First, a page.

Moderate activities: activities comparable to walking briskly at about 3 to 4 miles per hour; may include wide variety of occupational or recreational activities, including yard work, household tasks, cycling, swimming, etc.
Thirty minutes of moderate activity daily equates to 600 to 1200 calories of energy expended per week.
Previous SectionNext Section Physical Fitness and Mortality
One need not be a marathon runner or an elite athlete to derive significant benefits from physical activity. In fact, the Surgeon General’s physical activity recommendations seem surprisingly modest. One reason for this is that the greatest gains in terms of mortality are achieved when an individual goes from being sedentary to becoming moderately active. Studies show that less is gained when an individual goes from being moderately active to very active. In a study performed among US veterans, subjects were classified into 5 categories according to fitness level. The largest gains in terms of mortality were achieved between the lowest fitness group and the next lowest fitness group. The researchers studied 6213 men over a 6-year period and compared the risks of death (after allowing for age adjustment) by gradients of physical fitness.6 The Figure shows the relative risks associated with the different categories (1 to 5, lowest to highest) of fitness measured. Healthy adults who are the least fit have a mortality risk that is 4.5 times that of the most fit. Surprisingly, an individual’s fitness level was a more important predictor of death than established risk factors such as smoking, high blood pressure, high cholesterol, and diabetes. This study, along with others, underscores the fact that fitness and daily activity levels have a strong influence on the incidence of heart disease and overall mortality.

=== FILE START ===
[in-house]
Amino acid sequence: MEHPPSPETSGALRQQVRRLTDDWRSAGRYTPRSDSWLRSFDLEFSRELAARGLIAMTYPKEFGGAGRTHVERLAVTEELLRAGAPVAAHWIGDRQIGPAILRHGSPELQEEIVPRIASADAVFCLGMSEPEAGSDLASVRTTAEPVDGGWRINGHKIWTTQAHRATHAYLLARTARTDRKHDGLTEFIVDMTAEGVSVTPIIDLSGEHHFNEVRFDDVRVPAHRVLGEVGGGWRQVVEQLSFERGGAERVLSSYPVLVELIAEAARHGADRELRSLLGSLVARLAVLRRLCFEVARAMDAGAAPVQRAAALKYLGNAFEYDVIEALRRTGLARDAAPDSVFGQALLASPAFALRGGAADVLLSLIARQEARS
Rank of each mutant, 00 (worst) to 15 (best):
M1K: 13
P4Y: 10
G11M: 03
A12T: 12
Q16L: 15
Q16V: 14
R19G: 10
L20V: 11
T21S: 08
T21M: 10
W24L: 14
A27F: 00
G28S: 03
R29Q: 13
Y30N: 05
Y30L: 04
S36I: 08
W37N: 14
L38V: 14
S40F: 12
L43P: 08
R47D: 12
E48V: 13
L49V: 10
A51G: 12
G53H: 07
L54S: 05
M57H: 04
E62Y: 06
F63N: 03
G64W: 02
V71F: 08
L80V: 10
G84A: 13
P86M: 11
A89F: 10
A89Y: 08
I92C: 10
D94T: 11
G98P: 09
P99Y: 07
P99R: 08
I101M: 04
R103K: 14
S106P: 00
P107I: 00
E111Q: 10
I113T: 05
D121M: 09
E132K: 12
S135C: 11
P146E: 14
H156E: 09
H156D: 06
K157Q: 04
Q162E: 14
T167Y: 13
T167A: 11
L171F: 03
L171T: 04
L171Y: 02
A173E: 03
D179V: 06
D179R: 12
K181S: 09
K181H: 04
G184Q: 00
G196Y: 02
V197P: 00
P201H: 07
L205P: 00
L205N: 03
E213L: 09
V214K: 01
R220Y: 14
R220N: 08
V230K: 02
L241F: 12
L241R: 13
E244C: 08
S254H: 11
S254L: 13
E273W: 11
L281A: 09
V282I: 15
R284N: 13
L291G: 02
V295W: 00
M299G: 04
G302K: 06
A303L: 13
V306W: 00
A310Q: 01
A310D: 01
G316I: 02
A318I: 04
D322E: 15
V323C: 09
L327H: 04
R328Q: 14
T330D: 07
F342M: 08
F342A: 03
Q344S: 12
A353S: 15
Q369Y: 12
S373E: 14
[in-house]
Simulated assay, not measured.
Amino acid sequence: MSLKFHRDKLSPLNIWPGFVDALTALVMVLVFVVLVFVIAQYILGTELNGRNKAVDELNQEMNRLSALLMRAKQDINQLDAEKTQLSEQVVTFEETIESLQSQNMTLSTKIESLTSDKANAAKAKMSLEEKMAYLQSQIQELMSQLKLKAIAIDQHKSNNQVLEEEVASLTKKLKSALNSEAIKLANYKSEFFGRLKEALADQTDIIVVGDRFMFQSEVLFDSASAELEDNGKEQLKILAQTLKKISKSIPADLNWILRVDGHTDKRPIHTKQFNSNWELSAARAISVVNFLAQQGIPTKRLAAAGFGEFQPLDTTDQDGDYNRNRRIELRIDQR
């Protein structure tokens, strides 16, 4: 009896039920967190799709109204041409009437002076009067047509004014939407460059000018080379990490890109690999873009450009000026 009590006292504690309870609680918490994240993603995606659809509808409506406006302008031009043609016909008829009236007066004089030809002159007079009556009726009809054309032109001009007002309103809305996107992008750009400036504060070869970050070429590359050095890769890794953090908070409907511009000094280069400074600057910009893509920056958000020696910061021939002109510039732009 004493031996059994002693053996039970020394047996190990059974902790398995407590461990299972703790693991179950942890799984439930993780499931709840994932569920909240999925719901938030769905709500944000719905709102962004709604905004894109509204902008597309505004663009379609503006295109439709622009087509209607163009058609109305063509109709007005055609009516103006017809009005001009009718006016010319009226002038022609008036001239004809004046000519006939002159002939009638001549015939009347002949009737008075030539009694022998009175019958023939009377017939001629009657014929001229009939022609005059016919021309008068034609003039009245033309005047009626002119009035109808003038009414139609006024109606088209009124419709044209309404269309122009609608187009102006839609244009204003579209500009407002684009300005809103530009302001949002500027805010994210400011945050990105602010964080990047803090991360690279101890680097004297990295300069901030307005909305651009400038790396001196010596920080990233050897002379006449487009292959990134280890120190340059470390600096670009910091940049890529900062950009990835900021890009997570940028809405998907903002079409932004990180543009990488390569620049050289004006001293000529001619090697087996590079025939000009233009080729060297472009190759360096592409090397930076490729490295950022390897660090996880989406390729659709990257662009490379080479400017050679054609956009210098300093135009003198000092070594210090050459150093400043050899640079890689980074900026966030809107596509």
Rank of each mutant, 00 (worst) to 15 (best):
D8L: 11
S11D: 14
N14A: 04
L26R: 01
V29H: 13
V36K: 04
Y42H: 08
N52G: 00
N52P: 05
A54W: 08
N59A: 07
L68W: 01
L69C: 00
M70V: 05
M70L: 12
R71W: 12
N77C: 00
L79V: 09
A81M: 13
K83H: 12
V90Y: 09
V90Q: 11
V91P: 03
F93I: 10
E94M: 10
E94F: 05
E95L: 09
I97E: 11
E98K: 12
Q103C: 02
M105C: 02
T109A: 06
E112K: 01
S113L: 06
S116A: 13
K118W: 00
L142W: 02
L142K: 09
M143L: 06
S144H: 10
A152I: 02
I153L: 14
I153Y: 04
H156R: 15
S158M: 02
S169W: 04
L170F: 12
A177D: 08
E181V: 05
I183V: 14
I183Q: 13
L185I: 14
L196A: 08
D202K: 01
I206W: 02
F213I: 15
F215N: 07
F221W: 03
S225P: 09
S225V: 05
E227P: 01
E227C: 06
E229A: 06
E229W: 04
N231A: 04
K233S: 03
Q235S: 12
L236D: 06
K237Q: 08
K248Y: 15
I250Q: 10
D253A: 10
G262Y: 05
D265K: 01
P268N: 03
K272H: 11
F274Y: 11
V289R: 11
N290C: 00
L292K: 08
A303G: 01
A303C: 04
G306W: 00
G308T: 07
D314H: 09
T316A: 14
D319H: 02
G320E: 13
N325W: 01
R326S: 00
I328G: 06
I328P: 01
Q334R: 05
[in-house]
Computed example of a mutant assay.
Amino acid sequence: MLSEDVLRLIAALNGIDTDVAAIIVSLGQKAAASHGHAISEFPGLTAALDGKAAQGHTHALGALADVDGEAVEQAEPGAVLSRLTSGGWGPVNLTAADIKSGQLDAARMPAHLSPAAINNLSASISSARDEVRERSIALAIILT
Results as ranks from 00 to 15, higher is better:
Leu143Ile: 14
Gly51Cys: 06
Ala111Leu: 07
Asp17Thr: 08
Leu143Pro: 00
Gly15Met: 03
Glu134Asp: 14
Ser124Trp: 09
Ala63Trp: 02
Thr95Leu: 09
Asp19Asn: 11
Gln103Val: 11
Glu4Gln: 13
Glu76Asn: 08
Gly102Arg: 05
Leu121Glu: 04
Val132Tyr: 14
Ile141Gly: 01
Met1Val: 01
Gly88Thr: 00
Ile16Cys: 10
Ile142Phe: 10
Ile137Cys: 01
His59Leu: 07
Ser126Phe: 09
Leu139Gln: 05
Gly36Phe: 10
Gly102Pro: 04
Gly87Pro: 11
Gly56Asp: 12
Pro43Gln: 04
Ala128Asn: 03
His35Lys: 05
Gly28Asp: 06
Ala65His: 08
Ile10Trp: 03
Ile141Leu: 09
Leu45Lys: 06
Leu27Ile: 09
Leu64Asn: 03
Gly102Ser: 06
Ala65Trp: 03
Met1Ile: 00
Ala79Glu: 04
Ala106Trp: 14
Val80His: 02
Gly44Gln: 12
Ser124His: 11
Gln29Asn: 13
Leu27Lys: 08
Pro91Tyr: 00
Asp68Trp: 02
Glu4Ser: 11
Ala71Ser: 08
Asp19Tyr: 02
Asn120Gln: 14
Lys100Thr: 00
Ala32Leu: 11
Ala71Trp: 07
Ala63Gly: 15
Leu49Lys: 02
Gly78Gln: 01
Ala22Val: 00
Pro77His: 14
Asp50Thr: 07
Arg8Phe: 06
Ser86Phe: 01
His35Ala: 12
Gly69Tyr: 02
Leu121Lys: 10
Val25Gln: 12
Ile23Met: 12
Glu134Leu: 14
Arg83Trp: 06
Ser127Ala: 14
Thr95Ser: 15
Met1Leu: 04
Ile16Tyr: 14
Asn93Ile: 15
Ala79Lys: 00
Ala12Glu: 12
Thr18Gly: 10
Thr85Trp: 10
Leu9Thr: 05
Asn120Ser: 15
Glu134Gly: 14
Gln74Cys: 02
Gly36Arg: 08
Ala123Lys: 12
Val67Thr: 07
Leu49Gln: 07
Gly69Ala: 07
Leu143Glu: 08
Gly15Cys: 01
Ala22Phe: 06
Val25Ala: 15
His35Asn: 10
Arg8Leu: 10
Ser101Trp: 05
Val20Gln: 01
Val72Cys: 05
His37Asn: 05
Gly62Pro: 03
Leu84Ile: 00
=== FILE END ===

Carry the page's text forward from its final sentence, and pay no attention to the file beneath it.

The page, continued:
View larger version:
Age-adjusted mortality rates in healthy men categorized by level of fitness. The range of values for exercise capacity (METs) for each category are represented within each bar (modified from reference 6).
Previous SectionNext Section What Are the Risks of Exercise?
During exercise, there is a transient increase in the risk of having a cardiac-related complication (for example, a heart attack or serious heart rhythm disorder). However, this risk is extremely small. For adults without existing heart disease, the risk of a cardiac event or complication ranges between 1 in 400 000–800 000 hours of exercise. For patients with existing heart disease, an event can occur an average of once in 62 000 hours.2,3 Importantly, the risk of a cardiac event is significantly lower among regular exercisers. Evidence suggests that a sedentary person’s risk is nearly 50 times higher than the risk for a person who exercises about 5 times per week. Stated simply, individuals who exercise regularly are much less likely to experience a problem during exercise. Moreover, contrary to popular view, the majority of heart attacks (approximately 90%) occur in the resting state, not during physical activity.